When I started having sex at the age of 19, ‘safe sex’ meant ‘not pregnant’.
I think I first used a condom in my 20s.
Something clicked then. Maybe it was the massive ‘condomise’ campaigns that were happening at the time or maybe it was my brush with herpes where the doctor proclaimed, in a bid to cheer me up, ‘Don’t worry, half of Cape Town is walking around with herpes!’
Turned out it was an infected hair follicle from waxing. But still.
Something had clicked and I was suddenly paying a lot of attention to this ‘safe sex’ business.
But the term bugged me. ‘Safe sex’? Safe from what?
Technically, ‘safe sex’ refers to using a condom or a dental dam to avoid the transmission of fluids between people during oral and penetrative sex.
However, we now know that there are some STIs that can be transmitted via kissing and heavy petting; we know nothing is 100% fail safe; we know condoms break and dental dams are difficult to find.
We know that sometimes we make bad life choices after a party night and infatuation can leave us feeling invincible to life’s realities. We know not all unprotected sex is consensual.
The term ‘safe sex’, or even ‘safer sex’, can’t hold these realities. They’re fundamentally disempowering terms since they’re impossible to ever action fully.
We need to move beyond this and get realistic, because this conversation is about a lot more than putting a piece of latex between two sexing body parts.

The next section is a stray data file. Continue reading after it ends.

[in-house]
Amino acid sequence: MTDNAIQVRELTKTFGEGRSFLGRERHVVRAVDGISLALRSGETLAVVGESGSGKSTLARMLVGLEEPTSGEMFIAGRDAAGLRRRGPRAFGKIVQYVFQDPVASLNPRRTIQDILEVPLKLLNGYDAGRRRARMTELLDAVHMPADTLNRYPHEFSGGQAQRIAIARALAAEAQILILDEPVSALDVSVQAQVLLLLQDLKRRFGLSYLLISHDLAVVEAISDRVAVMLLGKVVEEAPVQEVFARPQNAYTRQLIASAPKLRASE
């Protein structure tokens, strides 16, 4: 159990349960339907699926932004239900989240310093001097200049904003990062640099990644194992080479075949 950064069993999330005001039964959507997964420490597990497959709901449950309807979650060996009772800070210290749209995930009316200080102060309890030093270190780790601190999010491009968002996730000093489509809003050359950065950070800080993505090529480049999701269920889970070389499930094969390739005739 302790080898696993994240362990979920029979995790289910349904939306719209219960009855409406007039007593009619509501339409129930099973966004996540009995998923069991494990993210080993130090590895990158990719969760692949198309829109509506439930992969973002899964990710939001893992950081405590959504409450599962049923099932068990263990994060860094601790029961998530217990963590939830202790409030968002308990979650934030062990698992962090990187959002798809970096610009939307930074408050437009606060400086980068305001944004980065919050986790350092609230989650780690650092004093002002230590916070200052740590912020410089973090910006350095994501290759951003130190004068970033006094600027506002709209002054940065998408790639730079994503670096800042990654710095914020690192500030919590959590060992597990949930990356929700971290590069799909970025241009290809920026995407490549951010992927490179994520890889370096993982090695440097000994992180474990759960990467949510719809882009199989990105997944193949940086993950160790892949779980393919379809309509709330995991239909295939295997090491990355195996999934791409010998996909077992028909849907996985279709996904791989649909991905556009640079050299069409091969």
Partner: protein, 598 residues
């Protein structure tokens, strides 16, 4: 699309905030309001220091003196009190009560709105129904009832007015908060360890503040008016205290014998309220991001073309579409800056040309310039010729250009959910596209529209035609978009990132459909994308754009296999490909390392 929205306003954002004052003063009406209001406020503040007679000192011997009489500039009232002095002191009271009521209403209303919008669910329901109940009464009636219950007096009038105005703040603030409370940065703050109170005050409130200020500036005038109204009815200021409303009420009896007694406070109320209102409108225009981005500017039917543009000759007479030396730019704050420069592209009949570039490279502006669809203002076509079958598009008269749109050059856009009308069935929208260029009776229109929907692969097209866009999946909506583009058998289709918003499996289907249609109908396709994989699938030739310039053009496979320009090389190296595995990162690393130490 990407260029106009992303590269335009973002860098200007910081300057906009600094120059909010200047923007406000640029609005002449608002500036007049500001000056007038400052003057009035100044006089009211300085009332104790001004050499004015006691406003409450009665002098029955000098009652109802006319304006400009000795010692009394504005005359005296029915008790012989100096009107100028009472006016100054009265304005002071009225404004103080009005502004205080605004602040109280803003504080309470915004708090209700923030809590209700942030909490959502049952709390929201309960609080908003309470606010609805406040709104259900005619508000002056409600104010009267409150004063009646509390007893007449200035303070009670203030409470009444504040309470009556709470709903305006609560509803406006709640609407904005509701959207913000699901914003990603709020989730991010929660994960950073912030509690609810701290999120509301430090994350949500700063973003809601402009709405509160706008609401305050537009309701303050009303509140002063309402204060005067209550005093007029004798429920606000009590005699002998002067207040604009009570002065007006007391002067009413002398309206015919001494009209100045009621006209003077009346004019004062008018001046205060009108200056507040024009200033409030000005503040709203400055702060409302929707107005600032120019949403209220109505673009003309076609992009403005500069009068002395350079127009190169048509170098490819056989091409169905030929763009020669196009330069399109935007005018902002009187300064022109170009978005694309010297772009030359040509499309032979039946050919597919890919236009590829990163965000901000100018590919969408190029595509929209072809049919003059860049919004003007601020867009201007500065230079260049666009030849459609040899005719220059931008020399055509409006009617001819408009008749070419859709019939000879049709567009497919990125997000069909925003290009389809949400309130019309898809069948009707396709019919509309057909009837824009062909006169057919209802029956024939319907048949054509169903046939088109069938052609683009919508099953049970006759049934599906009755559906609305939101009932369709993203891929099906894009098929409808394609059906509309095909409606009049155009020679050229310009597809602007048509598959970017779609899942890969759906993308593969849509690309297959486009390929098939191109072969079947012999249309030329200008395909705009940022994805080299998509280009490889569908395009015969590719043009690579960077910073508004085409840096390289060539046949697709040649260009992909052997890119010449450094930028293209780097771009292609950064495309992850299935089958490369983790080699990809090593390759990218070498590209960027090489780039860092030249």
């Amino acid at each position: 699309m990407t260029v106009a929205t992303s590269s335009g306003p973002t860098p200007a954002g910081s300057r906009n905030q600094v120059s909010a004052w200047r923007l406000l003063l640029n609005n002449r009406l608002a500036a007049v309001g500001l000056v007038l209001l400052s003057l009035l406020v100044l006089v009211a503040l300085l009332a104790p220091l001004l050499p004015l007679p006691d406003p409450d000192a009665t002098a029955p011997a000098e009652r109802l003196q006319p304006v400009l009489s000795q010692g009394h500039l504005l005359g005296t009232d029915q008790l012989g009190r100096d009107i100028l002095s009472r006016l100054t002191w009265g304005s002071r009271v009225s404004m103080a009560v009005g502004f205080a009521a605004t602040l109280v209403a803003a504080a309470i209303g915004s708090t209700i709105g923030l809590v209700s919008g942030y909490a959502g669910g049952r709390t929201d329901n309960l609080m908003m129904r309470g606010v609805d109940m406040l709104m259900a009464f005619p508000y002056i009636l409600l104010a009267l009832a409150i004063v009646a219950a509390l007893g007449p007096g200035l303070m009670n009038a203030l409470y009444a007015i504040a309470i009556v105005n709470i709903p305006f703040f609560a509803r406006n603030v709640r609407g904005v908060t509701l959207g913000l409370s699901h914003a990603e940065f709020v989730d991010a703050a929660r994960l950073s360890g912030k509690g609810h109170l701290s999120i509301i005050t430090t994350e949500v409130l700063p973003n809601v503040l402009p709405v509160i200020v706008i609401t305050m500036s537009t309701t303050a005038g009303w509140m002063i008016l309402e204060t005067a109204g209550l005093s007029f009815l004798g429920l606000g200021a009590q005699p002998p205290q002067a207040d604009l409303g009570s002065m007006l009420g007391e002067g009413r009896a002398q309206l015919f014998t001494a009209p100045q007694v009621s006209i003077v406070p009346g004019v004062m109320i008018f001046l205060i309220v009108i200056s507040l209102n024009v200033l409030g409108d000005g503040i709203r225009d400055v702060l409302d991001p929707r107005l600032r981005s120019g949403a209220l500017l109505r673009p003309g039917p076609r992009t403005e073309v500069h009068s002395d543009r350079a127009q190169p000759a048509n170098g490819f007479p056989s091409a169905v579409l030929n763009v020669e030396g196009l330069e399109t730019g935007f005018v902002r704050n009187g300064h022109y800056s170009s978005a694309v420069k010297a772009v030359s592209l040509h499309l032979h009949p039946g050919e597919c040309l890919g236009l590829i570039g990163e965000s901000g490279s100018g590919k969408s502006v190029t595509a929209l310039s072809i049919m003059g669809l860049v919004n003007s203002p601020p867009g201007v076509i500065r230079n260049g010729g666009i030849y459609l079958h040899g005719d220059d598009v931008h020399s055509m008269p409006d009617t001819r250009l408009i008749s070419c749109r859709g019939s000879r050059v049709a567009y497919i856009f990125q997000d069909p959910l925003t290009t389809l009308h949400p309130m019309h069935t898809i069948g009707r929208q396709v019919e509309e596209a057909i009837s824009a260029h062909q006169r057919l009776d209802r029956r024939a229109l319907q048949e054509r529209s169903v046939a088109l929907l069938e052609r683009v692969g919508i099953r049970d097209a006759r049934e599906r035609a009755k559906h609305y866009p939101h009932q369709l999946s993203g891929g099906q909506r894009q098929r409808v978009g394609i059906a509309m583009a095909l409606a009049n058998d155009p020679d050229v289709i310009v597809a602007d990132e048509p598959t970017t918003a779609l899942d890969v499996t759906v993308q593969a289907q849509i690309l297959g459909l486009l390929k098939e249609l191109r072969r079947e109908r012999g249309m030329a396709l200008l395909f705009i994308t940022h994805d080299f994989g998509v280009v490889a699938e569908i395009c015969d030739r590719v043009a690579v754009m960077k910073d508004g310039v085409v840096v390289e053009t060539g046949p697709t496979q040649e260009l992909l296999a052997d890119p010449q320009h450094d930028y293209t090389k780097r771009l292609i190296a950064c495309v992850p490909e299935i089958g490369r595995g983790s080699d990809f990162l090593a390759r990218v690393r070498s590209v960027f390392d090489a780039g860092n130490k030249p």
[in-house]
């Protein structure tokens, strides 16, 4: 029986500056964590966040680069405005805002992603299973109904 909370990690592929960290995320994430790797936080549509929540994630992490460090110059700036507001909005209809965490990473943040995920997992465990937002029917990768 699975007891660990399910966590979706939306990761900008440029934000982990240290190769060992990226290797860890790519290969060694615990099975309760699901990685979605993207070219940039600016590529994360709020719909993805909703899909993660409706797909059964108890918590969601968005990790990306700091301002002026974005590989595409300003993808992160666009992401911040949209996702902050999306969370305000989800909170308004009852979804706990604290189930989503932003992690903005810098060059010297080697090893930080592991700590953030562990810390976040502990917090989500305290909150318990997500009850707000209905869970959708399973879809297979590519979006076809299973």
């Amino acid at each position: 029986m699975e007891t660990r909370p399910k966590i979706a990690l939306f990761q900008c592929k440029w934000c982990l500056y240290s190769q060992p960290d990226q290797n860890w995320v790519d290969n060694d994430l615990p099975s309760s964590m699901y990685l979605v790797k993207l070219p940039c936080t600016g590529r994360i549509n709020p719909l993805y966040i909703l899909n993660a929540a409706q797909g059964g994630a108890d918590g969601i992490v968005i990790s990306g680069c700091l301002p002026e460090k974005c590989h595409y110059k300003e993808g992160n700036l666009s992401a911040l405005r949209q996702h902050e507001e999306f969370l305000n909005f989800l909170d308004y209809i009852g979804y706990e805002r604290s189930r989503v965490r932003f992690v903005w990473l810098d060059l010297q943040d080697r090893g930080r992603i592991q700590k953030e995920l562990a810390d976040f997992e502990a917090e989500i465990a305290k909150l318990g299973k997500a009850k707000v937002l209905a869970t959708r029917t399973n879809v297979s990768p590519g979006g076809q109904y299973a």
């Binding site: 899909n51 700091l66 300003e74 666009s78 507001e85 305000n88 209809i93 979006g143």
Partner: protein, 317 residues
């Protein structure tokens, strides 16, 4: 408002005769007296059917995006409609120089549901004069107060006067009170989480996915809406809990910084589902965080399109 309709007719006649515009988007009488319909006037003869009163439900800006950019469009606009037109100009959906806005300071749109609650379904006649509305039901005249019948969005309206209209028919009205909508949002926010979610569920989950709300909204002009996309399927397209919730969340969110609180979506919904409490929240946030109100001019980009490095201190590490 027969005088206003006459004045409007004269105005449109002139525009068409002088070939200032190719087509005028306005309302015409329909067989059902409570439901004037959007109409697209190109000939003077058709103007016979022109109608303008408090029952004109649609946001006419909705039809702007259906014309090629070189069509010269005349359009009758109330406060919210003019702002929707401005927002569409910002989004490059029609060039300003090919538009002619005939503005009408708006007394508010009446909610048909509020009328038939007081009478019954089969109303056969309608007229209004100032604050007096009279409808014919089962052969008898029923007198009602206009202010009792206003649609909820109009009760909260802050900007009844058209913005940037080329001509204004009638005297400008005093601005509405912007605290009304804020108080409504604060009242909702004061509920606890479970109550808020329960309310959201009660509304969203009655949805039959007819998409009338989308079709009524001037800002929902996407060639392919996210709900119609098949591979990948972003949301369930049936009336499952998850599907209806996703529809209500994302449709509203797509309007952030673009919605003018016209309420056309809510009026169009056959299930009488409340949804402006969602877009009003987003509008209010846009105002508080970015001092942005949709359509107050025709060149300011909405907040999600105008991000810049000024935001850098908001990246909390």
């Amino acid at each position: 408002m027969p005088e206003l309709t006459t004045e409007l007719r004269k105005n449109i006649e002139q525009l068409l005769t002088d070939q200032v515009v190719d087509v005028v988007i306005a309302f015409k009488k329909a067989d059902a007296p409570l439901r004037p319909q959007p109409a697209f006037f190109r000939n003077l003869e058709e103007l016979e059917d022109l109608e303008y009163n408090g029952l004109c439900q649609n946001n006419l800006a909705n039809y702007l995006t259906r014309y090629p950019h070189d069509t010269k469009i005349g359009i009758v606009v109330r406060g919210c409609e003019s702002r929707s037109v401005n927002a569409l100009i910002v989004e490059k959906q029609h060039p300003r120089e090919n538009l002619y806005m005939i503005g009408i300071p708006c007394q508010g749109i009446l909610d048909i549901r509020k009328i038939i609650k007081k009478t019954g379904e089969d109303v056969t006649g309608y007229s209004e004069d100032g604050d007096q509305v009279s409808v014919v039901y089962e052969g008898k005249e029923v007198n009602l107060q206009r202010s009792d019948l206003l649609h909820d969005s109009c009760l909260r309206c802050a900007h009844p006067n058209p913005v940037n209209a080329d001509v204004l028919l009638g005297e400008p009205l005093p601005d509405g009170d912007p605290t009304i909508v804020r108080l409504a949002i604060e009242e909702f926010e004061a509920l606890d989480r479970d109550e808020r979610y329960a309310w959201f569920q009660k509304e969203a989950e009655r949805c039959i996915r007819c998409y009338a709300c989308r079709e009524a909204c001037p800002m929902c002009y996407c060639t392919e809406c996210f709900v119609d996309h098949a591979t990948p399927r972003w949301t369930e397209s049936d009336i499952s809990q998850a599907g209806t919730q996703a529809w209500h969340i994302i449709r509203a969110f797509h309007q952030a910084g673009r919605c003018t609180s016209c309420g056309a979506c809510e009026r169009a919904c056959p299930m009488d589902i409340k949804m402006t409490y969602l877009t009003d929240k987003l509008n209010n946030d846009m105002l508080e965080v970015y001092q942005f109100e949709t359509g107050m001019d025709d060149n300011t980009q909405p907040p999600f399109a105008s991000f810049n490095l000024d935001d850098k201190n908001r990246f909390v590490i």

We need to think and talk in terms of ‘responsible sex’ – being ‘response able’.
This means being able to insist on condoms or to walk away from a man who refuses to use one; it’s about being able to choose who you sleep with and the capacity to make empowered decisions about your body and heart.
When condoms fail, it means getting the morning after pill if you’re not on contraception; it means knowing your rights regarding abortion; it means taking the time to get tested.
It means taking ownership of your health when (and how) you choose to have sex with someone – even if they say they’re STI-free.
It means surrounding yourself with people who support empowered choice.
But ‘safe’ sex?
Nothing about living is ‘safe’. It’s a risk-intense venture: you live a ‘healthy’ life and still catch your colleague’s flu cooties; you drive safely, but still get sideswiped by an arsehole on the N1.
Our taboos have isolated sex so much that we behave as if it’s something separate to our existing in the world, deserving of fear and shame.
Stress yourself to an early heart attack? Here’s a pill, take it easy. But pick up a bug from a sexual liaison and suddenly you’re a pariah.
The term ‘safe sex’ doesn’t help dispel these stigmas.
Let’s rather start talking about ‘responsible sex’ – educating around what this means and looks like, not just in the moment of sexual interaction, but around it.